Reporting on assisted conversions and exploring other attribution models can help you better understand SEO’s value in relation to the broader customer journey.

2. Share of Voice

Earning organic traffic is a zero-sum game. If you aren’t capturing search volume, then your competitors will (that, or Google is taking the volume for themselves!).

Let’s say you find yourself competing in a market where the overall volume of organic clicks is in decline, but your share of that volume is growing relative to the competition. In that case, your traffic KPIs are not telling the whole story.

Tracking and reporting on your organic share of voice (SOV) can help you better understand the value of top-line SEO gains or losses by benchmarking them against your competitors.

seo share of voice with STAT

We use STAT, an excellent keyword tracking tool, to track SOV for specified keyword groupings. There are many other SEO tools out there, like Ahrefs, Moz and SEO Monitor, that provide similar competitive metrics.

3. Earned Media Value

Earned media value (EMV) calculates the equivalent cost of your organic traffic if you were to acquire that traffic via paid search advertising.

Google CPCs have increased on a Y/Y basis for the last 11 fiscal quarters, according to Merkle’s Digital Marketing Reports. All the while, organic clicks remain free. By analyzing EMV, you may find that the relative value of your organic traffic is rising as compared to increasingly expensive paid search clicks.

Caveat: While helpful, EMV isn’t a metric to apply against your entire set of organic keyword rankings. It doesn’t make sense to bid on certain keywords due to their search intent, cost or projected ROI. Rather, you should use EMV selectively to compare the equivalent paid search cost against organic keywords that currently are, or could be, bid on.

ahrefs traffic value

Ahrefs provides a version of EMV called Traffic Value. However, it’s probably best to calculate this metric using your actual organic and paid search data.

4. Combined Search Marketing Performance

Your goal is to maximize your visibility in SERPs to earn clicks for relevant keywords. Whether that click comes from a paid ad, a traditional organic listing, or a rich SERP feature may not matter so much if your entire search marketing program is profitable.

The search landscape is changing rapidly and, with it, the roles that SEO and paid search each play in your marketing funnel. Viewing them as two separate channels ignores how intertwined they are. Rather, it may be time to report on search marketing as one channel. Wherein, SEO and paid search activities represent tactical decisions to improve overall search marketing performance.

What else are you measuring to better understand the value of SEO? Let us know in the comments.

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Griffin Roer

Griffin Roer

Griffin has spent more than a decade in the search engine marketing industry. After years of working as an SEO consultant to some of the country’s largest retail and tech brands, Griffin pursued his entrepreneurial calling and founded Uproer in May of 2017. He's also served as a board member for the Minnesota Search Engine Marketing Association.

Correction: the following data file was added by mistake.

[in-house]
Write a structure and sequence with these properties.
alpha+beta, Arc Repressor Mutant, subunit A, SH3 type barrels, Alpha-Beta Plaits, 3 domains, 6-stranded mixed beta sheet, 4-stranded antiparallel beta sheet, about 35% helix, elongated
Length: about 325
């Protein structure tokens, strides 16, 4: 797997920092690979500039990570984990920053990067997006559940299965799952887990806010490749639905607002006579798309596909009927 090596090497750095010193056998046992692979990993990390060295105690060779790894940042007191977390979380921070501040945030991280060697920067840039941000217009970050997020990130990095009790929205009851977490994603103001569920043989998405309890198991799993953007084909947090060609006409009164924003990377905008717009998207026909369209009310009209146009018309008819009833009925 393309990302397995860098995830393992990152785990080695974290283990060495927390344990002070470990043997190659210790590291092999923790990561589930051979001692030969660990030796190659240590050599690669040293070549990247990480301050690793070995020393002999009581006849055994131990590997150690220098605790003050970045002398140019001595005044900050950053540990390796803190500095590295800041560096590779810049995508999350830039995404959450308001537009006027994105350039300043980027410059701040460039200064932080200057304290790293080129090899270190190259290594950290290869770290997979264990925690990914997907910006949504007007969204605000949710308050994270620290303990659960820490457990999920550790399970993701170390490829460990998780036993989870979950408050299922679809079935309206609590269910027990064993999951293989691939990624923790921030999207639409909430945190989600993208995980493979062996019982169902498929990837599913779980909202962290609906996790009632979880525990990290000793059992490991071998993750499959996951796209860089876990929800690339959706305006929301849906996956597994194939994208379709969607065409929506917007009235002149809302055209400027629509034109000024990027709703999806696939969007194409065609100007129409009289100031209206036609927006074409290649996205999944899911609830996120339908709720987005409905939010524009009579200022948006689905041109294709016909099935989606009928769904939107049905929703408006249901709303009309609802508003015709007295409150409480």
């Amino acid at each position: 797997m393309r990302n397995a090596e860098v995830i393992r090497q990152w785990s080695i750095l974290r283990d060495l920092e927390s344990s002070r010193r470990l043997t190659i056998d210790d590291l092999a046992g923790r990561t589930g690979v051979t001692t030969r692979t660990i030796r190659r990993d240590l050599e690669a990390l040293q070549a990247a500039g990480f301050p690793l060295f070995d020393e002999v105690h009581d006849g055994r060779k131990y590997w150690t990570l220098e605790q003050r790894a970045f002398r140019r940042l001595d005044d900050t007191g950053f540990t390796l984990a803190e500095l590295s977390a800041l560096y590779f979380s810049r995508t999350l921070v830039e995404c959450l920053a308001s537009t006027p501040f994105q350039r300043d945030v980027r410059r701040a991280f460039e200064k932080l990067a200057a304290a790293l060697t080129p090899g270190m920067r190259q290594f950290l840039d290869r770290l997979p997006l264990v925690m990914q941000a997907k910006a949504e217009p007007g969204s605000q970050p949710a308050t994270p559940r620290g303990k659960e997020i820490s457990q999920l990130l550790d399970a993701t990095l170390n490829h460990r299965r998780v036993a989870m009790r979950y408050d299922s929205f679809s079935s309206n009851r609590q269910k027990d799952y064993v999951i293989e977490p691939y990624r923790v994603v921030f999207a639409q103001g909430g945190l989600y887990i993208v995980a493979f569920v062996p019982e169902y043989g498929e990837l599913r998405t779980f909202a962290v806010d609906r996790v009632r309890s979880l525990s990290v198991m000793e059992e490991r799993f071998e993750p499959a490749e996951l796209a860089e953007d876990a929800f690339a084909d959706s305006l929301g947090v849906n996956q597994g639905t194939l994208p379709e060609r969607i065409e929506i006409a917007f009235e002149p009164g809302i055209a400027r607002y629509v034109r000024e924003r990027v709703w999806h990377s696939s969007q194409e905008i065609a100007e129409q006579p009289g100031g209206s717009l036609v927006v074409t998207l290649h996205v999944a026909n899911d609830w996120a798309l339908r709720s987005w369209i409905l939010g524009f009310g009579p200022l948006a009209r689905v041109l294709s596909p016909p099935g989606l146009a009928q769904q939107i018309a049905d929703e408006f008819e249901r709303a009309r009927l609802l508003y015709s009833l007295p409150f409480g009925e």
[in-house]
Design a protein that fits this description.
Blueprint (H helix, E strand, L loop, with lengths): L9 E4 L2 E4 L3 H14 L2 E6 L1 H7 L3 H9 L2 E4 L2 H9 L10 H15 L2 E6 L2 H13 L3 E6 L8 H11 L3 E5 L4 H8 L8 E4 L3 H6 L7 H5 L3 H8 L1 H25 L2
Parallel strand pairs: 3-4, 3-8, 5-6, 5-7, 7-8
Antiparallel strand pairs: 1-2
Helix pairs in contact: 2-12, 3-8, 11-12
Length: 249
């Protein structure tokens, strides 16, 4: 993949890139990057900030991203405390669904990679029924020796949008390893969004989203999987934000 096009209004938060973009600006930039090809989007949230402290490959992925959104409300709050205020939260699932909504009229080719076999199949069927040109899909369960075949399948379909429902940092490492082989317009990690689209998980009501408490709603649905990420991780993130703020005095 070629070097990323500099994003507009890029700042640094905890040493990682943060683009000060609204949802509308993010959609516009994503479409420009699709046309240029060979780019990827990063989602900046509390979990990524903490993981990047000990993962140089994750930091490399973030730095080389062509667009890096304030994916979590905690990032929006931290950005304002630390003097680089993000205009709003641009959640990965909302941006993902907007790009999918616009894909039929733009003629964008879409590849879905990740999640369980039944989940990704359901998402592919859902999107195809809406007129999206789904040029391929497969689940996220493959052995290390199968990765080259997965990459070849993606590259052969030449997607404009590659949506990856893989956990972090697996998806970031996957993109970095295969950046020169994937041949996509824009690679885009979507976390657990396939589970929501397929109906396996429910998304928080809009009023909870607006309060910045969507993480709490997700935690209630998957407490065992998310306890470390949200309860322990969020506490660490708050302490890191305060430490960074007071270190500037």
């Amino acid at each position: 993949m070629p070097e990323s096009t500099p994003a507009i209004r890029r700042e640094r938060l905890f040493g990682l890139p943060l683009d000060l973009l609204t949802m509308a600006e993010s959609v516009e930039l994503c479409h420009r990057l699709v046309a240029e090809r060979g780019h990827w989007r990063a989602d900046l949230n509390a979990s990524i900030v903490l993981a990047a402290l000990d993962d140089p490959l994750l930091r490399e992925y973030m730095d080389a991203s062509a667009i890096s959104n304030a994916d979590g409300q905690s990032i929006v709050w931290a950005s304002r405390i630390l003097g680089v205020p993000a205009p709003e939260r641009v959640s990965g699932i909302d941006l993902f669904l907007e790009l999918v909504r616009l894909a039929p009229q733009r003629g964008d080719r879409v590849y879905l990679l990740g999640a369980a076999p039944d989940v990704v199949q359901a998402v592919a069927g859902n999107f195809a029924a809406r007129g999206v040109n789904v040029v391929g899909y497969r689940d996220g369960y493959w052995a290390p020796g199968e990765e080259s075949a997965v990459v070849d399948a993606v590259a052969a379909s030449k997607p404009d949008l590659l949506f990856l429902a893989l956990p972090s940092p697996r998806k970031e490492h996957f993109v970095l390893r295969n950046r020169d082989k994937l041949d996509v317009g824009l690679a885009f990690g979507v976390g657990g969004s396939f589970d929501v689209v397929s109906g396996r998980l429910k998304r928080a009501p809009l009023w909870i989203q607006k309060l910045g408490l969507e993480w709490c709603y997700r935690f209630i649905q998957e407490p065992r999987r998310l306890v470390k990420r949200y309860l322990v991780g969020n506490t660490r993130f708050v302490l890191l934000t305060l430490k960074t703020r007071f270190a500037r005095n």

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Sr. Manager, SEO & Operations

Dave Sewich

dave sewich

Dave made an accidental foray into digital marketing after graduating from the University of Minnesota Duluth and hasn’t looked back. Having spent the first part of his marketing journey brand-side, he now works with the Uproer team to help clients realize their goals through the lens of search.

When not at work, you’ll find Dave staying active and living a healthy lifestyle, listening to podcasts, and enjoying live music. A Minnesotan born and raised, his favorite sport is hockey and he still finds time to skate once in a while.

Dave’s DiSC style is C. He enjoys getting things done deliberately and systematically without sacrificing speed and efficiency. When it comes to evaluating new ideas and plans, he prefers to take a logical approach, always sprinkling on a bit of healthy skepticism for good measure. At work, Dave’s happiest when he has a chance to dive deep into a single project for hours at a time. He loves contributing to Uproer and being a part of a supportive team but is most productive when working solo.

Founder & CEO

Griffin Roer

Griffin discovered SEO in 2012 during a self-taught web development course and hasn’t looked back. After years of working as an SEO consultant to some of the country’s largest retail and tech brands, Griffin pursued his entrepreneurial calling of starting an agency in May of 2017.

Outside of work, Griffin enjoys going to concerts and spending time with his wife, two kids, and four pets.

Griffin’s DiSC style is D. He’s driven to set and achieve goals quickly, which helps explain why he’s built his career in the fast-paced agency business. Griffin’s most valuable contributions to the workplace include his motivation to make progress, his tendency towards bold action, and his willingness to challenge assumptions.